NEW YORK (
(MBI - Get Report)
was barred by its chief regulator, the New York State Department of Financial Services (NYDFS), from making a scheduled interest payment on bonds issued by a subsidiary, the cash-strapped bond insurer announced in a regulatory filing Tuesday.
MBIA's nonpayment on the 14% fixed-to-floating rate surplus notes, does not constitute a default, and the company will pay without accruing any additional interest as soon as it receives approval to do so. A spokesman for the NYDFS had no immediate response to an email.
The regulator's decision did not come as a big surprise to analysts following the company, who had written research in recent days downplaying the implications of such an event.
MBIA shares nonetheless tumbled briefly after the announcement, falling from $8.31 to an intraday low of $7.79--the first time this year they have dipped below the $8 mark. They recovered some of those losses, however, and were back above $8 a few minutes later.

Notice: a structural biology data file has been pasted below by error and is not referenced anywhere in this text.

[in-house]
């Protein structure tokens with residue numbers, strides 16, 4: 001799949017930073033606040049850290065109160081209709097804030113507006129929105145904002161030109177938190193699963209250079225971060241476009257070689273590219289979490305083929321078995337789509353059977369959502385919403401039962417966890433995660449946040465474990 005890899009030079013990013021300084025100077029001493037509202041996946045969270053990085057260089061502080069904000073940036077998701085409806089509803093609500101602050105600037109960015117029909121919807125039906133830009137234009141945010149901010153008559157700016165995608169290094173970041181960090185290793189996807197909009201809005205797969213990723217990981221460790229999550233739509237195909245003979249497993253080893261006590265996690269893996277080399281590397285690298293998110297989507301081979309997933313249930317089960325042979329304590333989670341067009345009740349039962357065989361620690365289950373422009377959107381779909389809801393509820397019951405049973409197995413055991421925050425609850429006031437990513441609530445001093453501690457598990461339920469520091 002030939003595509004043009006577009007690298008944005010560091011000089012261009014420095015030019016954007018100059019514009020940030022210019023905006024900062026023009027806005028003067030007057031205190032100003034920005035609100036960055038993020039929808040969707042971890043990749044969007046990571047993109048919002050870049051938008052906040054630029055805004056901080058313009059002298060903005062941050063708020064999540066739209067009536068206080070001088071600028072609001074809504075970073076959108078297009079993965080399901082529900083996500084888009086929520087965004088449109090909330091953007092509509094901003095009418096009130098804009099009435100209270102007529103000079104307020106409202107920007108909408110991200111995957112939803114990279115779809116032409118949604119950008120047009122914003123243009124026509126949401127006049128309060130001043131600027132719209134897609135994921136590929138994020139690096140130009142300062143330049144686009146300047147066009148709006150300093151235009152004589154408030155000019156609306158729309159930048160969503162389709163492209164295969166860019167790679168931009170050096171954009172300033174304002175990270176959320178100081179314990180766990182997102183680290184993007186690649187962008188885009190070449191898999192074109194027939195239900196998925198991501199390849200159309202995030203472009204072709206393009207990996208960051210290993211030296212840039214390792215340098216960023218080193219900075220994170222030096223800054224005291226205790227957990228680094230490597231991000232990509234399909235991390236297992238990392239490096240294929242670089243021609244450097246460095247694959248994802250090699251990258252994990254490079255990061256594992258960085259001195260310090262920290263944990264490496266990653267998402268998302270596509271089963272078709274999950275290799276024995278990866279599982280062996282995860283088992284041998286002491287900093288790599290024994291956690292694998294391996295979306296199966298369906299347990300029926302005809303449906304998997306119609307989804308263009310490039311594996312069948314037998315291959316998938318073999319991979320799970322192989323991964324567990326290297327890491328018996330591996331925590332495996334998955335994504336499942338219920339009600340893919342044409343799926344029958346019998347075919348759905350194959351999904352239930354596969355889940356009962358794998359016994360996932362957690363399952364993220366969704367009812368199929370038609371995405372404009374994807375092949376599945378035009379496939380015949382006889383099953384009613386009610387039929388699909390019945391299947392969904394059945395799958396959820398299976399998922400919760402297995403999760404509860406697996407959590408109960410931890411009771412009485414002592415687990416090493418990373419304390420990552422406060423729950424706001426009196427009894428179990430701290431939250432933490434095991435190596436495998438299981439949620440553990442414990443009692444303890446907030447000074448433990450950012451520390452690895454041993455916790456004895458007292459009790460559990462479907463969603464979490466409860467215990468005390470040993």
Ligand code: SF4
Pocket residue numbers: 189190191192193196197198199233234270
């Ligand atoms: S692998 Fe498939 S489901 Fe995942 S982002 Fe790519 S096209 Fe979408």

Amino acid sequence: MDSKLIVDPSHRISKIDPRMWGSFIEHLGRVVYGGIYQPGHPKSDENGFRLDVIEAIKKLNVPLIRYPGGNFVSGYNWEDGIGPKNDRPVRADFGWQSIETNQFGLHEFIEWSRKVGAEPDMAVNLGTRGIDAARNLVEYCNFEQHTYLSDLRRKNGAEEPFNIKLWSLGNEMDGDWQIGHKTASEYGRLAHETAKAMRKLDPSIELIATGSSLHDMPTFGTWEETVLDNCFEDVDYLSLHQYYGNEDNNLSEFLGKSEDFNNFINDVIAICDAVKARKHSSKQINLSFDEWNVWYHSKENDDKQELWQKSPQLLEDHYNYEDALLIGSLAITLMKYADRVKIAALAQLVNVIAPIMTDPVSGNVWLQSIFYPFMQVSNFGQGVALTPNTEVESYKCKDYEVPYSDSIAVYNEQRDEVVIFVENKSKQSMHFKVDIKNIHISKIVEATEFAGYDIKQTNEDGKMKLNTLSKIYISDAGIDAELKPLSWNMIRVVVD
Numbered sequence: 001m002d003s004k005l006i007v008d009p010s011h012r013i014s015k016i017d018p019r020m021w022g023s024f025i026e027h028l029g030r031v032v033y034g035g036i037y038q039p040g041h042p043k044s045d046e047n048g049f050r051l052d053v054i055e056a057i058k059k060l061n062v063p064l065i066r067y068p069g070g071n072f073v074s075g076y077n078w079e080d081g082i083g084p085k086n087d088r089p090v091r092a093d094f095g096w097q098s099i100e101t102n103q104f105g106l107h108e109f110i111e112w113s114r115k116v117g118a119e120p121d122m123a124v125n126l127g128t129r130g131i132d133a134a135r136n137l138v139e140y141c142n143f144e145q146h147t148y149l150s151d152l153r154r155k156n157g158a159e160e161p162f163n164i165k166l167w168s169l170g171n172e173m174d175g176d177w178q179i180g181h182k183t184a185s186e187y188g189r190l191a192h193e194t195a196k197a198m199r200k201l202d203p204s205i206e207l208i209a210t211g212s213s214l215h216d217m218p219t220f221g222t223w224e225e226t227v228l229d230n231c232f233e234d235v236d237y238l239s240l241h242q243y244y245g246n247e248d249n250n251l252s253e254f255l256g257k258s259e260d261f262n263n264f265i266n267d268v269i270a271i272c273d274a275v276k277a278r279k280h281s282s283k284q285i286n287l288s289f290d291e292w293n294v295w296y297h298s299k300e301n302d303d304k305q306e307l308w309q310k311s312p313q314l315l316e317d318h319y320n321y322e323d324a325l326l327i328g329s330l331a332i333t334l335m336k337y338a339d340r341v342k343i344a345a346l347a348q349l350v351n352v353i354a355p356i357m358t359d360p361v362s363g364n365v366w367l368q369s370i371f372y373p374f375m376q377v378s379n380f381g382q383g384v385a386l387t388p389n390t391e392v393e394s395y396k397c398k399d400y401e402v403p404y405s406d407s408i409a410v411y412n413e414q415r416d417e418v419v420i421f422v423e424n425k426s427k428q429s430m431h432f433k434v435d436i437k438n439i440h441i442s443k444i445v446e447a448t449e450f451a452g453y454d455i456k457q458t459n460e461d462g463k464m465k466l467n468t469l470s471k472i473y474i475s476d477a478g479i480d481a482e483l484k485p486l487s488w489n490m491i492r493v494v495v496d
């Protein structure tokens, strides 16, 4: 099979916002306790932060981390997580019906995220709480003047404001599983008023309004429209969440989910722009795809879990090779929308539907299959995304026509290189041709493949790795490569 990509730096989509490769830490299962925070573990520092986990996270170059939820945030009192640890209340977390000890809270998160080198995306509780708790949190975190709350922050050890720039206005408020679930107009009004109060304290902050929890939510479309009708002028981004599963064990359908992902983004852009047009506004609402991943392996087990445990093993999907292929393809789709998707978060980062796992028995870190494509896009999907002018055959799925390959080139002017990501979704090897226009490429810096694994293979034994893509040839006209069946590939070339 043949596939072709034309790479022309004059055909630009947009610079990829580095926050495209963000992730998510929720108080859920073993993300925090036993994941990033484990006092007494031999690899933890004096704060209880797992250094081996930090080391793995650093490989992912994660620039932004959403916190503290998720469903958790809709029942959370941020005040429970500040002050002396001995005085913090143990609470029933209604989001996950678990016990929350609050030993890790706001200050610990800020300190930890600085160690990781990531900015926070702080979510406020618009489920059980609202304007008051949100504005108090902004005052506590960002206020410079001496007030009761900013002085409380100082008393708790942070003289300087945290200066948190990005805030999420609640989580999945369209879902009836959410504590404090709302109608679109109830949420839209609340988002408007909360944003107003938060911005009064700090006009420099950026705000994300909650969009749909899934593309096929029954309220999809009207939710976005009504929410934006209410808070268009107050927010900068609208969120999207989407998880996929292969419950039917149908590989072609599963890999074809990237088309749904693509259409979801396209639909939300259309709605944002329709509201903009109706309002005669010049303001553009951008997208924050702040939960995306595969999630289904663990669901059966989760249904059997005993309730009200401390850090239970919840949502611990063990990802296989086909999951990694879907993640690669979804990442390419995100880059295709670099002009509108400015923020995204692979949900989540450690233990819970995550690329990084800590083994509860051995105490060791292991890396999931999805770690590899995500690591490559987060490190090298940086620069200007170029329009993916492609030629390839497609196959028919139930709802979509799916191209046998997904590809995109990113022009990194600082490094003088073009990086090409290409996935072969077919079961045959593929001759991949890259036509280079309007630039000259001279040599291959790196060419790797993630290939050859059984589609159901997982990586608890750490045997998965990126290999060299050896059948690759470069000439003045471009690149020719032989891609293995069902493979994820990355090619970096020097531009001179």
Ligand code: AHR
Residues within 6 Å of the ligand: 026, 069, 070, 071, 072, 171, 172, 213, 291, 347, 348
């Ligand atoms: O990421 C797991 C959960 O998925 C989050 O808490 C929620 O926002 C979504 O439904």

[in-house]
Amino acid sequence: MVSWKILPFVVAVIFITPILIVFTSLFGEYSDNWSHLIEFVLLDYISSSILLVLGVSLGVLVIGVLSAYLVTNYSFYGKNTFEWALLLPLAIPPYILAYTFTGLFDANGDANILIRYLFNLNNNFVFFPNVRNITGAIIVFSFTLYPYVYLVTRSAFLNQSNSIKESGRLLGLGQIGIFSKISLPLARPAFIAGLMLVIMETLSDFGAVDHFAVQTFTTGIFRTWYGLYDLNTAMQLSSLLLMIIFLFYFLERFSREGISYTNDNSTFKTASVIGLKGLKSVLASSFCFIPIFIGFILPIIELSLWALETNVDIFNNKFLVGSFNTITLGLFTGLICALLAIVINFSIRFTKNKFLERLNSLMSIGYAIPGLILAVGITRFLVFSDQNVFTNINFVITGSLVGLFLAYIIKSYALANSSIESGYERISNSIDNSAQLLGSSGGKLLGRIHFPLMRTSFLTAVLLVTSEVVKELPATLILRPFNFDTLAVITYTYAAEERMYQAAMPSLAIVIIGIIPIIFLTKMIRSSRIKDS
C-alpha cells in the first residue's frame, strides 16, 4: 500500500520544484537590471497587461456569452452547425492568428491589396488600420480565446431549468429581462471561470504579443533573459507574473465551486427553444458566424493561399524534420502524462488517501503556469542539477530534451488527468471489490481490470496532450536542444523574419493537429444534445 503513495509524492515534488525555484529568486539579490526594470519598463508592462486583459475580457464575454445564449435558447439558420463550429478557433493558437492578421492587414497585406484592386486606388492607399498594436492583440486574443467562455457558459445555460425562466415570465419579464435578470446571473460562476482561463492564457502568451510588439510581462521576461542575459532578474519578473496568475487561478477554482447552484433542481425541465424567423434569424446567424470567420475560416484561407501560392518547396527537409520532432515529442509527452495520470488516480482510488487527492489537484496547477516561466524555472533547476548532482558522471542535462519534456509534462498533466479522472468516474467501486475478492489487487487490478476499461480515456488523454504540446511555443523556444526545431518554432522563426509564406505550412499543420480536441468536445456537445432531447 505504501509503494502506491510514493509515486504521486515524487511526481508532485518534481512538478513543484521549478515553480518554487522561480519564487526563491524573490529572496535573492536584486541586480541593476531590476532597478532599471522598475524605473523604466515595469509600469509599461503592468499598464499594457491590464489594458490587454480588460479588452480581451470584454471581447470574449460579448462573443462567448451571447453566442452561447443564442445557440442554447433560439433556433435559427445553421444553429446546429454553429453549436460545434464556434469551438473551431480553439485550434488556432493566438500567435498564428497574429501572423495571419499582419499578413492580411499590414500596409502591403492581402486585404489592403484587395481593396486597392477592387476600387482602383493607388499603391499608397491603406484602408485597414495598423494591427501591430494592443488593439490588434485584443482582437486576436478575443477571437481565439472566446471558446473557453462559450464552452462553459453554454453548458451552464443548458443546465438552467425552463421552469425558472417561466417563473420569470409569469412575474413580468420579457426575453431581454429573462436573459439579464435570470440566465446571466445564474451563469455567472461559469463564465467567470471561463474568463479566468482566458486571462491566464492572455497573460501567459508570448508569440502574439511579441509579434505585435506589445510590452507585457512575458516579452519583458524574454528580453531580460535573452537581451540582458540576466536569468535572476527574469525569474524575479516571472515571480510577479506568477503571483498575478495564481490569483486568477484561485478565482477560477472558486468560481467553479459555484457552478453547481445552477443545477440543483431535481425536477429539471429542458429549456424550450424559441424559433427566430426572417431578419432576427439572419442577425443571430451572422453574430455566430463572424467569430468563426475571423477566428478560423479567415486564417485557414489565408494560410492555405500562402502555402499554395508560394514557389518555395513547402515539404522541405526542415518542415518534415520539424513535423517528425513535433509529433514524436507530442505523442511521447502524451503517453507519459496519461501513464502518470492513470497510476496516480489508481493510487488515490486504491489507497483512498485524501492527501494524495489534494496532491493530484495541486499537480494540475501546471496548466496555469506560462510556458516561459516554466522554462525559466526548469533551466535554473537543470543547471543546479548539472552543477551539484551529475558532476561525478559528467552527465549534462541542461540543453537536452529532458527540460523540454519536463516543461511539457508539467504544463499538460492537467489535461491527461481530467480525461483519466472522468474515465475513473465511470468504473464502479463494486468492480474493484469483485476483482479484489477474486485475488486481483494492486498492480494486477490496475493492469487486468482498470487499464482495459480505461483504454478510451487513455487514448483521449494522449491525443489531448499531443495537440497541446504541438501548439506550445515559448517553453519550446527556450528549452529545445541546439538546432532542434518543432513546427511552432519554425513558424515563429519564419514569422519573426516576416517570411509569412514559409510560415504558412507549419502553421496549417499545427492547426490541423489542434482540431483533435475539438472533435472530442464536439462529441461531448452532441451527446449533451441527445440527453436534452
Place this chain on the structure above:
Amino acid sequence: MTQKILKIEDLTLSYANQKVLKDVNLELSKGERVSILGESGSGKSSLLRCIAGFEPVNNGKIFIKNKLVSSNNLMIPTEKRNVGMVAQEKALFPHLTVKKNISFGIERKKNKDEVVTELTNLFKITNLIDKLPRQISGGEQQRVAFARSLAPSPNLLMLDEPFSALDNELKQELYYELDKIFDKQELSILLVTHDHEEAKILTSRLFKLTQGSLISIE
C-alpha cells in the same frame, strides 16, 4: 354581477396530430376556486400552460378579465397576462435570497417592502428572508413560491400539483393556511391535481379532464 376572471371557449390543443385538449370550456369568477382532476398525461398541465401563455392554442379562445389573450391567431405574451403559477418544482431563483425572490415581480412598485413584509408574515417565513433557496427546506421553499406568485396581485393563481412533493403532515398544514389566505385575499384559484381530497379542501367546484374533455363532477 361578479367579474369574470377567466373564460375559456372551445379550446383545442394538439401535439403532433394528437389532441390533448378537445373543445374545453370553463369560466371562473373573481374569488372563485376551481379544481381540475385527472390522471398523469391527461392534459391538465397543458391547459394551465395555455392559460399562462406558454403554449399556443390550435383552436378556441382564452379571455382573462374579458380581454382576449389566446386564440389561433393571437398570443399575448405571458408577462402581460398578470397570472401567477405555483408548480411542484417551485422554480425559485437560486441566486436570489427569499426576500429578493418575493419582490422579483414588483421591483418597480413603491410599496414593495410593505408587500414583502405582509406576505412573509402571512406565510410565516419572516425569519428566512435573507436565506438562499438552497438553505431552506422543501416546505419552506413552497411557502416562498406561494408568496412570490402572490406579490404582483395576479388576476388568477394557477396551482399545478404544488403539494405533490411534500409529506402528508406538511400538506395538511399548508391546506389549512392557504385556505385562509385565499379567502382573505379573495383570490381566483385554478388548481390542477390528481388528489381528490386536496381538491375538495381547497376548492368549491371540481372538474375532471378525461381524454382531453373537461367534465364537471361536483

"We see the non-payment as having no material impact on MBIA's equity,"
wrote BTIG Research analyst Mark Palmer shortly after the filing
MBIA, a bond insurer that ran into trouble due to the subprime housing collapse, is attempting to reorganize by walling off its subprime exposure from its healthier municipal bond insurance business. It has also sued
Bank of America
(BAC - Get Report)
, arguing Countrywide Financial, which the Bank of America acquired in 2008, misled MBIA over billions of dollars' worth of mortgage bonds.
Written by Dan Freed in New York